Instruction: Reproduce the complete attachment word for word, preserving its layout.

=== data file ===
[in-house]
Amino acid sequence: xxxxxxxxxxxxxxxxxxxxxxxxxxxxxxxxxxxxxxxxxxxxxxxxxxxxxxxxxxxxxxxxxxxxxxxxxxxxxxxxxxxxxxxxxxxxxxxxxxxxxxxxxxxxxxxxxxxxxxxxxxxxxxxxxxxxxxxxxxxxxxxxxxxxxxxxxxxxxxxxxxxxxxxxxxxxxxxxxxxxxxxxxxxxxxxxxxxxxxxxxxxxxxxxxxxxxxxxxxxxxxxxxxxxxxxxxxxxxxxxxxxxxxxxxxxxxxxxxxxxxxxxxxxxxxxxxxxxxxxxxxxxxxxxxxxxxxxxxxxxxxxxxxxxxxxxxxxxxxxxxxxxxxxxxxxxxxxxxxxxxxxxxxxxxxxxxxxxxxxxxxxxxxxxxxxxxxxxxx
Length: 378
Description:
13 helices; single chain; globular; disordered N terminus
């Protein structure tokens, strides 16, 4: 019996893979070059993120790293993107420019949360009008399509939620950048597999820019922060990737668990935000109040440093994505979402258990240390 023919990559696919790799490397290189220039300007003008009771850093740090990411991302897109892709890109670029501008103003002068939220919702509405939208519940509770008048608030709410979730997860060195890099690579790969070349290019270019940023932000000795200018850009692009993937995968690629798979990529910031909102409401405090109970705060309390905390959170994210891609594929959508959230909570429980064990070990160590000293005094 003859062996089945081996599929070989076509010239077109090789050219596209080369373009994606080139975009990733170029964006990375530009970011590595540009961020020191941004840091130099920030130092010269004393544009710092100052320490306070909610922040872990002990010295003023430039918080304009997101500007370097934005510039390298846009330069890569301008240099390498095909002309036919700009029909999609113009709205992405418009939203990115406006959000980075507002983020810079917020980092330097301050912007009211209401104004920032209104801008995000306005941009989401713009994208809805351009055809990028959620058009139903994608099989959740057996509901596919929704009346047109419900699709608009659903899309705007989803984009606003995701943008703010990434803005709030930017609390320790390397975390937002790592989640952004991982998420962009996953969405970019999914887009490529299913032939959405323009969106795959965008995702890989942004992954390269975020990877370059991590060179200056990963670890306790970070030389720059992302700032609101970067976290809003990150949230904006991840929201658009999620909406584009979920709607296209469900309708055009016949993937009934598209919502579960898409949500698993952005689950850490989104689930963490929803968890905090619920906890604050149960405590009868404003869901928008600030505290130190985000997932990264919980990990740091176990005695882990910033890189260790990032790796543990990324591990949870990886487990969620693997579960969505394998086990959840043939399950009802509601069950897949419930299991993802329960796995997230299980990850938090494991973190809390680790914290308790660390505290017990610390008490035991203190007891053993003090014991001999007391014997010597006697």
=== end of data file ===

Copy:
[in-house]
Amino acid sequence: xxxxxxxxxxxxxxxxxxxxxxxxxxxxxxxxxxxxxxxxxxxxxxxxxxxxxxxxxxxxxxxxxxxxxxxxxxxxxxxxxxxxxxxxxxxxxxxxxxxxxxxxxxxxxxxxxxxxxxxxxxxxxxxxxxxxxxxxxxxxxxxxxxxxxxxxxxxxxxxxxxxxxxxxxxxxxxxxxxxxxxxxxxxxxxxxxxxxxxxxxxxxxxxxxxxxxxxxxxxxxxxxxxxxxxxxxxxxxxxxxxxxxxxxxxxxxxxxxxxxxxxxxxxxxxxxxxxxxxxxxxxxxxxxxxxxxxxxxxxxxxxxxxxxxxxxxxxxxxxxxxxxxxxxxxxxxxxxxxxxxxxxxxxxxxxxxxxxxxxxxxxxxxxxxxxxxxxxxx
Length: 378
Description:
13 helices; single chain; globular; disordered N terminus
């Protein structure tokens, strides 16, 4: 019996893979070059993120790293993107420019949360009008399509939620950048597999820019922060990737668990935000109040440093994505979402258990240390 023919990559696919790799490397290189220039300007003008009771850093740090990411991302897109892709890109670029501008103003002068939220919702509405939208519940509770008048608030709410979730997860060195890099690579790969070349290019270019940023932000000795200018850009692009993937995968690629798979990529910031909102409401405090109970705060309390905390959170994210891609594929959508959230909570429980064990070990160590000293005094 003859062996089945081996599929070989076509010239077109090789050219596209080369373009994606080139975009990733170029964006990375530009970011590595540009961020020191941004840091130099920030130092010269004393544009710092100052320490306070909610922040872990002990010295003023430039918080304009997101500007370097934005510039390298846009330069890569301008240099390498095909002309036919700009029909999609113009709205992405418009939203990115406006959000980075507002983020810079917020980092330097301050912007009211209401104004920032209104801008995000306005941009989401713009994208809805351009055809990028959620058009139903994608099989959740057996509901596919929704009346047109419900699709608009659903899309705007989803984009606003995701943008703010990434803005709030930017609390320790390397975390937002790592989640952004991982998420962009996953969405970019999914887009490529299913032939959405323009969106795959965008995702890989942004992954390269975020990877370059991590060179200056990963670890306790970070030389720059992302700032609101970067976290809003990150949230904006991840929201658009999620909406584009979920709607296209469900309708055009016949993937009934598209919502579960898409949500698993952005689950850490989104689930963490929803968890905090619920906890604050149960405590009868404003869901928008600030505290130190985000997932990264919980990990740091176990005695882990910033890189260790990032790796543990990324591990949870990886487990969620693997579960969505394998086990959840043939399950009802509601069950897949419930299991993802329960796995997230299980990850938090494991973190809390680790914290308790660390505290017990610390008490035991203190007891053993003090014991001999007391014997010597006697």